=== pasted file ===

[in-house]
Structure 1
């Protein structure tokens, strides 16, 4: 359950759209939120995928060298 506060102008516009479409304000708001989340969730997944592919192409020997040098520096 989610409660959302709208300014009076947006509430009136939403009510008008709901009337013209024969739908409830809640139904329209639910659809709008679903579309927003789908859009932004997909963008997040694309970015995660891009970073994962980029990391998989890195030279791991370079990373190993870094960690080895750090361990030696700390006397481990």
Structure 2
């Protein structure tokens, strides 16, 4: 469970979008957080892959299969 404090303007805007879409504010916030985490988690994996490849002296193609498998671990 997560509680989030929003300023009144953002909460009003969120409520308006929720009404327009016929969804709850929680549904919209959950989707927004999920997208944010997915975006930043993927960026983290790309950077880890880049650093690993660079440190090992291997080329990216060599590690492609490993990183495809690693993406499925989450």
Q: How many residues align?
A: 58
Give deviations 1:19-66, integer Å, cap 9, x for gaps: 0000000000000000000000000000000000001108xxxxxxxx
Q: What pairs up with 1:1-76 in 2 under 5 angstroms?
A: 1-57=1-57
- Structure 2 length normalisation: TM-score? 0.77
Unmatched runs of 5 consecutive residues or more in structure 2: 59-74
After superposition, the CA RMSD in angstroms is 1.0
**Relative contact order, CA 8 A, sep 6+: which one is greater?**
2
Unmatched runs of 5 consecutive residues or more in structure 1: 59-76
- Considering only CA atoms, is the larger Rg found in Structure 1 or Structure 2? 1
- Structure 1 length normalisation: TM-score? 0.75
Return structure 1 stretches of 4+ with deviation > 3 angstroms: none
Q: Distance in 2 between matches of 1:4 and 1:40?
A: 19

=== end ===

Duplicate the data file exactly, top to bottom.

[in-house]
Structure 1
């Protein structure tokens, strides 16, 4: 359950759209939120995928060298 506060102008516009479409304000708001989340969730997944592919192409020997040098520096 989610409660959302709208300014009076947006509430009136939403009510008008709901009337013209024969739908409830809640139904329209639910659809709008679903579309927003789908859009932004997909963008997040694309970015995660891009970073994962980029990391998989890195030279791991370079990373190993870094960690080895750090361990030696700390006397481990």
Structure 2
């Protein structure tokens, strides 16, 4: 469970979008957080892959299969 404090303007805007879409504010916030985490988690994996490849002296193609498998671990 997560509680989030929003300023009144953002909460009003969120409520308006929720009404327009016929969804709850929680549904919209959950989707927004999920997208944010997915975006930043993927960026983290790309950077880890880049650093690993660079440190090992291997080329990216060599590690492609490993990183495809690693993406499925989450």
Q: How many residues align?
A: 58
Give deviations 1:19-66, integer Å, cap 9, x for gaps: 0000000000000000000000000000000000001108xxxxxxxx
Q: What pairs up with 1:1-76 in 2 under 5 angstroms?
A: 1-57=1-57
- Structure 2 length normalisation: TM-score? 0.77
Unmatched runs of 5 consecutive residues or more in structure 2: 59-74
After superposition, the CA RMSD in angstroms is 1.0
**Relative contact order, CA 8 A, sep 6+: which one is greater?**
2
Unmatched runs of 5 consecutive residues or more in structure 1: 59-76
- Considering only CA atoms, is the larger Rg found in Structure 1 or Structure 2? 1
- Structure 1 length normalisation: TM-score? 0.75
Return structure 1 stretches of 4+ with deviation > 3 angstroms: none
Q: Distance in 2 between matches of 1:4 and 1:40?
A: 19